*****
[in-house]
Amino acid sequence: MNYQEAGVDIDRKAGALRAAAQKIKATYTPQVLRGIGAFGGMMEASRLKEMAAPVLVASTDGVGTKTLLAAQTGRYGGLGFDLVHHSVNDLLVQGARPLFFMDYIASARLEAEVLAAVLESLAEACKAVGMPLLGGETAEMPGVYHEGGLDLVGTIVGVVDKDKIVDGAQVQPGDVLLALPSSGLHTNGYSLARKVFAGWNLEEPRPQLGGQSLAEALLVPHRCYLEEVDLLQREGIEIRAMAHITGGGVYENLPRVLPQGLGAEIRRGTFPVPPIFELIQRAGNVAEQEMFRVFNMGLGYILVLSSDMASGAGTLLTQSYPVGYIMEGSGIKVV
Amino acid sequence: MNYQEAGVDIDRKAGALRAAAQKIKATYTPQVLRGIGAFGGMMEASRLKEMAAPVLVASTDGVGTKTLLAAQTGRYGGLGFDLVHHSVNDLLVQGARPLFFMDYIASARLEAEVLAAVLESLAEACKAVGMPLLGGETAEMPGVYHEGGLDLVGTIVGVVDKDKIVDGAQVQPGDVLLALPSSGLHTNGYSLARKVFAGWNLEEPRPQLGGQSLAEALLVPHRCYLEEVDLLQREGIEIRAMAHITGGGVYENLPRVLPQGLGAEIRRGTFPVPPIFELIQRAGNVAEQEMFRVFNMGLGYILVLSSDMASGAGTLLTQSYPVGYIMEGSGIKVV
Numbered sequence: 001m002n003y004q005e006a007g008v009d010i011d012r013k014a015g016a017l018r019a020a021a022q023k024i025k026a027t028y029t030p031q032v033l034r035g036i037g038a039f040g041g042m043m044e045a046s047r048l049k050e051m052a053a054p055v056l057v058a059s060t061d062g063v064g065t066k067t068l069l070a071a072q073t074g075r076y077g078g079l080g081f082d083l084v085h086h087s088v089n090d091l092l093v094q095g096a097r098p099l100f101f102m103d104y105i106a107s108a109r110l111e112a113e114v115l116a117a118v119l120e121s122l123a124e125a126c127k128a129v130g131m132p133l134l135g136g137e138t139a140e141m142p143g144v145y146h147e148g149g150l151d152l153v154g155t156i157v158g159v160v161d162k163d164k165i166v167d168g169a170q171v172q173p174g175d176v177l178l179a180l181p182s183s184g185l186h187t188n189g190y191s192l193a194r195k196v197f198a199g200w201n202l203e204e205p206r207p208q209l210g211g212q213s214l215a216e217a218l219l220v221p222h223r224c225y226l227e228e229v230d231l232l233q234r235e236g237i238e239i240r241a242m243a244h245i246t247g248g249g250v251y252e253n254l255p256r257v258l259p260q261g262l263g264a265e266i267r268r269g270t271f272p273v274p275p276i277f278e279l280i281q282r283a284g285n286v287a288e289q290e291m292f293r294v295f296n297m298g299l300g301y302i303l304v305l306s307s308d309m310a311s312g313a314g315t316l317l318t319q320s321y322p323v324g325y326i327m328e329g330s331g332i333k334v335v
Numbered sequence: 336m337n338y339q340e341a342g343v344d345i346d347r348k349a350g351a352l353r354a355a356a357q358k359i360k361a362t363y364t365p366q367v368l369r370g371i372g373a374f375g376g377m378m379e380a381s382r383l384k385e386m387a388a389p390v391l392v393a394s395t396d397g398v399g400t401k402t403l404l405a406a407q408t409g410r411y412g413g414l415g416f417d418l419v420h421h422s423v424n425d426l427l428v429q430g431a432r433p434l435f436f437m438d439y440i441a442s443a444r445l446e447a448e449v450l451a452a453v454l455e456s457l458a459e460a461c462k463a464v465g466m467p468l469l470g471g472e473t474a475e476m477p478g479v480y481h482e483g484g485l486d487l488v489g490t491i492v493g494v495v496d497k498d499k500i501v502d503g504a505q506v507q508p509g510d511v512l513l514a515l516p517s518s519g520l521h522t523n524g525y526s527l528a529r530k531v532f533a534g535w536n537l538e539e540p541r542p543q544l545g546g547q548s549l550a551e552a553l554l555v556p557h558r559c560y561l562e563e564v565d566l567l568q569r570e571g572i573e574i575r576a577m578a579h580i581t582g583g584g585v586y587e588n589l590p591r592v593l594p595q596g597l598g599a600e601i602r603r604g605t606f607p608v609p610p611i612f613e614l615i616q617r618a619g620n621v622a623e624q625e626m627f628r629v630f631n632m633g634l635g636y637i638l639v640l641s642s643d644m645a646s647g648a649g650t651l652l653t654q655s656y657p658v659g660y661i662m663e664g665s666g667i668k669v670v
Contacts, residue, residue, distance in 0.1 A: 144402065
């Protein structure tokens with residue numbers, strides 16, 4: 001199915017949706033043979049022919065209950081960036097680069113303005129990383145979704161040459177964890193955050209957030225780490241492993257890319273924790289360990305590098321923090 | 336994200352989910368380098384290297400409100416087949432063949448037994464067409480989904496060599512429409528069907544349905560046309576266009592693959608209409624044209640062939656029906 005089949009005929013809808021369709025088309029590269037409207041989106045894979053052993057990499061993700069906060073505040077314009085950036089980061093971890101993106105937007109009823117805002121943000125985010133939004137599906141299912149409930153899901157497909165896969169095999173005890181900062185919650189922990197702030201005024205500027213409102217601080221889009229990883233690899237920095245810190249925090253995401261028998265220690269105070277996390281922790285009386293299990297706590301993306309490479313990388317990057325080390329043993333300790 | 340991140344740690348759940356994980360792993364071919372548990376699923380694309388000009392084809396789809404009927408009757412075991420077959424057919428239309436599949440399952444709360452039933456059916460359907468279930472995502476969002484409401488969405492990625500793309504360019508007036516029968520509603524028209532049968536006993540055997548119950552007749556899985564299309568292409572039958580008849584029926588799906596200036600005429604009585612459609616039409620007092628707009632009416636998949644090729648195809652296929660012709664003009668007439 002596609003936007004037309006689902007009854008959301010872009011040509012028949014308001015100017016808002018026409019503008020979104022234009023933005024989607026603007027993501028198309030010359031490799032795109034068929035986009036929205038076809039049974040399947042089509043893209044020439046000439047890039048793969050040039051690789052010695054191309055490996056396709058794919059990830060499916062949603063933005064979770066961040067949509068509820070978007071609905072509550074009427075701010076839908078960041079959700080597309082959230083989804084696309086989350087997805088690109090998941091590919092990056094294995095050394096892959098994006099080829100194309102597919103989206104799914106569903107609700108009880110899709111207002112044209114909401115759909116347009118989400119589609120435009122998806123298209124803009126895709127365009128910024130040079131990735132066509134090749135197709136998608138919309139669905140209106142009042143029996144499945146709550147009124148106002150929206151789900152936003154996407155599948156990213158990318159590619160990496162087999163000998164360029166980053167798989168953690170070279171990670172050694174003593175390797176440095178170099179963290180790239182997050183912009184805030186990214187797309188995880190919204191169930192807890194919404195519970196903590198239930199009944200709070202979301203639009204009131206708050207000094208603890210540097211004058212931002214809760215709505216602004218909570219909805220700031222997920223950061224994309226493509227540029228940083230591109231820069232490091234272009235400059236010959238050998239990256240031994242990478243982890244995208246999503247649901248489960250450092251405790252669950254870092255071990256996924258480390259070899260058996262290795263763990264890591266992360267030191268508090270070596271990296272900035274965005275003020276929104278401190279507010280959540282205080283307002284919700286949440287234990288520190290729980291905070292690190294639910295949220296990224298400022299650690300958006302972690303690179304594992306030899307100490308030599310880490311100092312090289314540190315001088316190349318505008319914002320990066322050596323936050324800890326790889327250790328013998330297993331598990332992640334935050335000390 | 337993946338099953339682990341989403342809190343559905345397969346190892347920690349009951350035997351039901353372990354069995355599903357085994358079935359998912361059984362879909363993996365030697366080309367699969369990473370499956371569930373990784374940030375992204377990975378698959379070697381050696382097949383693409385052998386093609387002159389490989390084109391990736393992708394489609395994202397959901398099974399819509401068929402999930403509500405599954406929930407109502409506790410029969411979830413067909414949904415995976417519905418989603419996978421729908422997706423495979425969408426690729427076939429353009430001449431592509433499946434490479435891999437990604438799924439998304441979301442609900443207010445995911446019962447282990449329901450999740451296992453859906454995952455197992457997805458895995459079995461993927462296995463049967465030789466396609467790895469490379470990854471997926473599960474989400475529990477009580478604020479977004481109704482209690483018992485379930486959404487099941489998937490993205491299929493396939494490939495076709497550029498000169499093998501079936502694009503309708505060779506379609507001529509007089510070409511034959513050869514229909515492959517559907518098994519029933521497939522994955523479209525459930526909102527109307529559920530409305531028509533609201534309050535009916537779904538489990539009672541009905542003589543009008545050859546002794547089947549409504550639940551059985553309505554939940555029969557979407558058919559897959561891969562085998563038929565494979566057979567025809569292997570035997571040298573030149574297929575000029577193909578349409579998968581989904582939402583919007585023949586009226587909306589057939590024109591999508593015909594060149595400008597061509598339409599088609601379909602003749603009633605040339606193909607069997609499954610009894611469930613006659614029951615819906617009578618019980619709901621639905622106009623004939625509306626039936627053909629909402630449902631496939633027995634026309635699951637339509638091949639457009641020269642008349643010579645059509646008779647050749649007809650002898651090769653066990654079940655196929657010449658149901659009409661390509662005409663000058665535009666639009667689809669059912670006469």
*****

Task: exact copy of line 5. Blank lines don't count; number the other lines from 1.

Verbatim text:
Numbered sequence: 336m337n338y339q340e341a342g343v344d345i346d347r348k349a350g351a352l353r354a355a356a357q358k359i360k361a362t363y364t365p366q367v368l369r370g371i372g373a374f375g376g377m378m379e380a381s382r383l384k385e386m387a388a389p390v391l392v393a394s395t396d397g398v399g400t401k402t403l404l405a406a407q408t409g410r411y412g413g414l415g416f417d418l419v420h421h422s423v424n425d426l427l428v429q430g431a432r433p434l435f436f437m438d439y440i441a442s443a444r445l446e447a448e449v450l451a452a453v454l455e456s457l458a459e460a461c462k463a464v465g466m467p468l469l470g471g472e473t474a475e476m477p478g479v480y481h482e483g484g485l486d487l488v489g490t491i492v493g494v495v496d497k498d499k500i501v502d503g504a505q506v507q508p509g510d511v512l513l514a515l516p517s518s519g520l521h522t523n524g525y526s527l528a529r530k531v532f533a534g535w536n537l538e539e540p541r542p543q544l545g546g547q548s549l550a551e552a553l554l555v556p557h558r559c560y561l562e563e564v565d566l567l568q569r570e571g572i573e574i575r576a577m578a579h580i581t582g583g584g585v586y587e588n589l590p591r592v593l594p595q596g597l598g599a600e601i602r603r604g605t606f607p608v609p610p611i612f613e614l615i616q617r618a619g620n621v622a623e624q625e626m627f628r629v630f631n632m633g634l635g636y637i638l639v640l641s642s643d644m645a646s647g648a649g650t651l652l653t654q655s656y657p658v659g660y661i662m663e664g665s666g667i668k669v670v